Unacceptable civil servants take 'life or death' decisions, says DUP MP whose husband is Stormont chief
I've witnessed first hand huge pressure chiefs are under, says MP
DUP MP Emma Little Pengelly has called on Westminster to take control over Northern Ireland affairs so that civil servants - such as her husband - do not have to take "unacceptable life or death" decisions.
She said she witnessed at first hand the "huge pressure" civil servants - such as her husband, the Department of Health's Richard Pengelly - were under.
January will mark two years since Northern Ireland's devolved institutions collapsed. In October, Northern Ireland Secretary of State Karen Bradley passed legislation in Westminster to give civil servants more powers to make decisions in the continued absence of ministers.
It followed after a court ruled mandarins could not approve a controversial plan for a waste incinerator on the outskirts of Belfast.
Speaking to BBC Radio 5 Live's Piennar's Politics show South Belfast MP Ms Little Pengelly was upfront about her husband's position. She was asked if she wanted direct rule. It came after reports Boris Johnson was proposing to introduce such a measure if he were the Prime Minister.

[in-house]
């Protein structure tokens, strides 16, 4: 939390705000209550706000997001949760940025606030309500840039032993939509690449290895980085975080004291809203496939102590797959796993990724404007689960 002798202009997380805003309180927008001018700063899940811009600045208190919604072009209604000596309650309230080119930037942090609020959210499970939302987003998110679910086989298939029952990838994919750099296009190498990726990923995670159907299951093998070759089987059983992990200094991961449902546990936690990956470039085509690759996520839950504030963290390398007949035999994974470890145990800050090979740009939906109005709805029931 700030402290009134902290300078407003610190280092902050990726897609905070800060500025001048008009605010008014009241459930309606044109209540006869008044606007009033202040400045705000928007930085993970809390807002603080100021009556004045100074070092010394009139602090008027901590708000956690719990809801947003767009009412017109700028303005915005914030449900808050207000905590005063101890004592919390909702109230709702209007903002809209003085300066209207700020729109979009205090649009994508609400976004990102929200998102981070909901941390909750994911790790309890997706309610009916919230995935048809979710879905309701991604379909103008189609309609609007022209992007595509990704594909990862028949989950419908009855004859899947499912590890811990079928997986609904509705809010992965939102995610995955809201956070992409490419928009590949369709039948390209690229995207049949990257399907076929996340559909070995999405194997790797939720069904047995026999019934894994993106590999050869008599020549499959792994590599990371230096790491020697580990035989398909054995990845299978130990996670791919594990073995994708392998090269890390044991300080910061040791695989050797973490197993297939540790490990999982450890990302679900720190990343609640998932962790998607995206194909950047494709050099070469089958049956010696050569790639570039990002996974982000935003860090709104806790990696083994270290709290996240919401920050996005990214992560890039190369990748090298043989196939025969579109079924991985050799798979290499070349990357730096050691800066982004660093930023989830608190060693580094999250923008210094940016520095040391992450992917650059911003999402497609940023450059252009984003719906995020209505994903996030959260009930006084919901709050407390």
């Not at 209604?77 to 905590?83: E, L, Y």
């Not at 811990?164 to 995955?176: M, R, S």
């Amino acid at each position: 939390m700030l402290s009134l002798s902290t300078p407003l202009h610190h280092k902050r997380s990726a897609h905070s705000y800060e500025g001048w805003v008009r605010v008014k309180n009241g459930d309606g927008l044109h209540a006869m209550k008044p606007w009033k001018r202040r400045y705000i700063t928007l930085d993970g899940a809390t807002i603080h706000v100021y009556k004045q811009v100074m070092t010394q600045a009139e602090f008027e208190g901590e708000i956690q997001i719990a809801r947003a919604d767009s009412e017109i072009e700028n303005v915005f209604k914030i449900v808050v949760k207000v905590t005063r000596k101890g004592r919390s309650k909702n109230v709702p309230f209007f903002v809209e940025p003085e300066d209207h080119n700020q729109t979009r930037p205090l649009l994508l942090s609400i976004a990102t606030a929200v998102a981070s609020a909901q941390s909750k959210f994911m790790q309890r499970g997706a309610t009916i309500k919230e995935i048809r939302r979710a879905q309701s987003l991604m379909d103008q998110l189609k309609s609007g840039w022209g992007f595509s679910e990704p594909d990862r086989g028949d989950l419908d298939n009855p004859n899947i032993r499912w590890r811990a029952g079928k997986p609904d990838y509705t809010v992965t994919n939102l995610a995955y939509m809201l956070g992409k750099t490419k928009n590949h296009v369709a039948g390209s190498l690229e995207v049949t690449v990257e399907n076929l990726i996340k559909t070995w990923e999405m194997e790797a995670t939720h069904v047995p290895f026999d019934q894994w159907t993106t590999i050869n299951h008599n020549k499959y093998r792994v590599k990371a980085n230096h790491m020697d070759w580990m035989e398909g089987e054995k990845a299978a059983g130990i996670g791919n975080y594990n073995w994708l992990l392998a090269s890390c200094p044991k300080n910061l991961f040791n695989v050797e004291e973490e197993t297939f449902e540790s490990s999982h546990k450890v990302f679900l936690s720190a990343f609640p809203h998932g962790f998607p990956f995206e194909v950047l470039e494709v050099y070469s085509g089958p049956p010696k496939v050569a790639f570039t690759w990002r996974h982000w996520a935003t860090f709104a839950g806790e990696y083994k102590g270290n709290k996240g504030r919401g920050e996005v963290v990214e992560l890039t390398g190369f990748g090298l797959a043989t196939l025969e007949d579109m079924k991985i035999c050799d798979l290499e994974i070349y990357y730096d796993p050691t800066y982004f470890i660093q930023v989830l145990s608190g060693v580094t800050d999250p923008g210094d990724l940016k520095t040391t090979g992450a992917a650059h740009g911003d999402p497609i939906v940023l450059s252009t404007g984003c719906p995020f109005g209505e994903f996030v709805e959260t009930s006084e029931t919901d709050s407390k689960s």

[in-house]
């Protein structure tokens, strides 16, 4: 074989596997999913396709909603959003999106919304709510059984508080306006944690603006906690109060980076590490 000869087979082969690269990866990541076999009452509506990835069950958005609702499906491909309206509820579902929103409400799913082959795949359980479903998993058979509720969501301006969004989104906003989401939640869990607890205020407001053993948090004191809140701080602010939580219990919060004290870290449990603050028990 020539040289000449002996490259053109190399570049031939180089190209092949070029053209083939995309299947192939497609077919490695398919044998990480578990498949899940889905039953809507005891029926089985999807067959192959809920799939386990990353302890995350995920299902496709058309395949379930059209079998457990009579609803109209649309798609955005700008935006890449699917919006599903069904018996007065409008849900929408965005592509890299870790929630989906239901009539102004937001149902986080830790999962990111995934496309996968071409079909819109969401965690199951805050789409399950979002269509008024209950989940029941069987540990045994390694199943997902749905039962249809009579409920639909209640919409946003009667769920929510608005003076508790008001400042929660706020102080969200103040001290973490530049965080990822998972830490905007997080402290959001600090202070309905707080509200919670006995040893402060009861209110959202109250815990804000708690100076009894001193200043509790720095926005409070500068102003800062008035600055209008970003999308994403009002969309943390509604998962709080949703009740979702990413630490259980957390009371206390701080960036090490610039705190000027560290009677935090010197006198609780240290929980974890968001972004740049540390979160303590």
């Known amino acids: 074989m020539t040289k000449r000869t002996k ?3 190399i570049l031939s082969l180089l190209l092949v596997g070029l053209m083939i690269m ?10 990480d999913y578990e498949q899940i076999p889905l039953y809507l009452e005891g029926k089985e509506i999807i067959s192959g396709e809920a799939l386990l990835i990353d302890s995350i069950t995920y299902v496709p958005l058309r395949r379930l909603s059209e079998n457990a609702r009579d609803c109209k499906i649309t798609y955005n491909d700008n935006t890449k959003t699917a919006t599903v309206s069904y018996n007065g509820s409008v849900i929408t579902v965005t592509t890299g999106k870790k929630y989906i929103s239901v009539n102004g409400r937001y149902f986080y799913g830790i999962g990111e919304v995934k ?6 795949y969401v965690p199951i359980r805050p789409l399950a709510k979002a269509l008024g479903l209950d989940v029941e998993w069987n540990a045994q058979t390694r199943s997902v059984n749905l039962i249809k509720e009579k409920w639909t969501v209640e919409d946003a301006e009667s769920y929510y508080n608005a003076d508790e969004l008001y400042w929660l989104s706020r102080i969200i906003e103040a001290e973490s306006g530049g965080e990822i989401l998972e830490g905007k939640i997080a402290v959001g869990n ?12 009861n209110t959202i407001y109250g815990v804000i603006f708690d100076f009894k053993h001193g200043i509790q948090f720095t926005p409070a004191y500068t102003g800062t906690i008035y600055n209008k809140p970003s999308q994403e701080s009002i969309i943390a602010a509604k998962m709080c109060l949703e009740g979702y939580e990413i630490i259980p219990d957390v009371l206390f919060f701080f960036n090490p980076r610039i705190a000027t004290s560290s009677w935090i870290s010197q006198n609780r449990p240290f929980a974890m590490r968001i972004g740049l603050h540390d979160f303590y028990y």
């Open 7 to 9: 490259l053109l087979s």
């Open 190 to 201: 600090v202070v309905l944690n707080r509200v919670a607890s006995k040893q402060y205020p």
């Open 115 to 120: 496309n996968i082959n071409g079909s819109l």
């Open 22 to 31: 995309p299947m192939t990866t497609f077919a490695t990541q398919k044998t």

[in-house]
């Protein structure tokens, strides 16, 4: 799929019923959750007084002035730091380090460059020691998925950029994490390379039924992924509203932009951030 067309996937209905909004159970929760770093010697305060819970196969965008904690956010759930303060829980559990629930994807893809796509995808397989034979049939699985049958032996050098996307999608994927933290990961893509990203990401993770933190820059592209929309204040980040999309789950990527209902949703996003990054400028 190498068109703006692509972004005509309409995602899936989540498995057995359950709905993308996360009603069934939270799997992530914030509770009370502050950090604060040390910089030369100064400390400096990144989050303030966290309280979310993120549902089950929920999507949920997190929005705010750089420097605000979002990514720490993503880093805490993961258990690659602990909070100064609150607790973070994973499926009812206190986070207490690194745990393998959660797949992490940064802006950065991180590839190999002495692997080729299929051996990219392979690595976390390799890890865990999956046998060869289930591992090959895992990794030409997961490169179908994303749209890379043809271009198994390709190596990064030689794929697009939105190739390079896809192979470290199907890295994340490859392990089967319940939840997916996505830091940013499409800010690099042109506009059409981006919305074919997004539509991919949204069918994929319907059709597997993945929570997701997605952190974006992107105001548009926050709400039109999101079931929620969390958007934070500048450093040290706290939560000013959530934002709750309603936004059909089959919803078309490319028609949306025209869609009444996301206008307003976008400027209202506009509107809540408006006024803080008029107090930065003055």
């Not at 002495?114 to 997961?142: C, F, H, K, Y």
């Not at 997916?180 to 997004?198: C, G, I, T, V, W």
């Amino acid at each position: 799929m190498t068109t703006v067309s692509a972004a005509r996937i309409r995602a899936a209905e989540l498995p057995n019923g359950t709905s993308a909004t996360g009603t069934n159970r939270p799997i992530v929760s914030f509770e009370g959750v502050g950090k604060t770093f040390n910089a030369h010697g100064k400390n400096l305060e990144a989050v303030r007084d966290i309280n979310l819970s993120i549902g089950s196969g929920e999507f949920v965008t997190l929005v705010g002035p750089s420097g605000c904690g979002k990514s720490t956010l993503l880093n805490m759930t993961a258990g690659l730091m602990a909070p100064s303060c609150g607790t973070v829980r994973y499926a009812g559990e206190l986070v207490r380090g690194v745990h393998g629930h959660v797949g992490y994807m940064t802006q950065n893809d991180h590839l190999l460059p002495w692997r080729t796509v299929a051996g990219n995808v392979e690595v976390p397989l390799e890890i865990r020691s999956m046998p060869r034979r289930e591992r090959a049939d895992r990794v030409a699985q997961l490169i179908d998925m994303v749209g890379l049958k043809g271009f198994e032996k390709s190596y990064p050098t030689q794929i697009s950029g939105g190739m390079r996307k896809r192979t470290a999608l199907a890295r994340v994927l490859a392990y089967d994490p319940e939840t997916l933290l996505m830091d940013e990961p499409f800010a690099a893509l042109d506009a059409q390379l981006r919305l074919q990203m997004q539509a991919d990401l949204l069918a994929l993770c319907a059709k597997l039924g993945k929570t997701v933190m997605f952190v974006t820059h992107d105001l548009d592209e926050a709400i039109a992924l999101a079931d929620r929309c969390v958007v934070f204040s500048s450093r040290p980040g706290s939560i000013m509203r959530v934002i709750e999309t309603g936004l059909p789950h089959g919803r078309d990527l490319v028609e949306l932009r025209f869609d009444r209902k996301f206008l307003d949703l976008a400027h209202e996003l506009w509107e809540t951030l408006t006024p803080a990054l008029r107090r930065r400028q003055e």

Ms Little Pengelly said that while they were committed to devolution and wanted the restoration of Stormont, the DUP had been calling for direct rule to ensure decisions made were democratically accountable while they remained in cold storage.
"I don't believe senior civil servants should be put in that position," she said.
"Ultimately they are trying to make decisions in difficult budget environments. Some of the decisions require discussions and explanation.. that should rightly be going through scrutiny committees and debated on floor of Assembly. And yet you've got senior civil servants trying to deal with life and death issues, very tricky situations without that minister or democratic accountability. That is unacceptable."
She said that while it was "deeply disappointing" there was no Northern Ireland Assembly, there needed to be democratically accountable ministers taking decisions.
“In the absence of that it’s absolutely unacceptable that we have senior civil servants who are effectively making decisions. There is a significant issue here about democratic deficit and democratic accountability.
“We’ve urged the government to step in. We don’t desire direct rule, of course not, we’re a party of devolution. But in the absence of getting those institutions up and going in Northern Ireland we believe there should be ministerial decision-making from Westminster.”
Pressed on if the DUP would join with Labour in a vote of no confidence in Prime Minister Theresa May, the MP would only say the party would consider the options before them but could not support the current withdrawal agreement. She would not be drawn on if the party had held discussions with Labour.
Belfast Telegraph Digital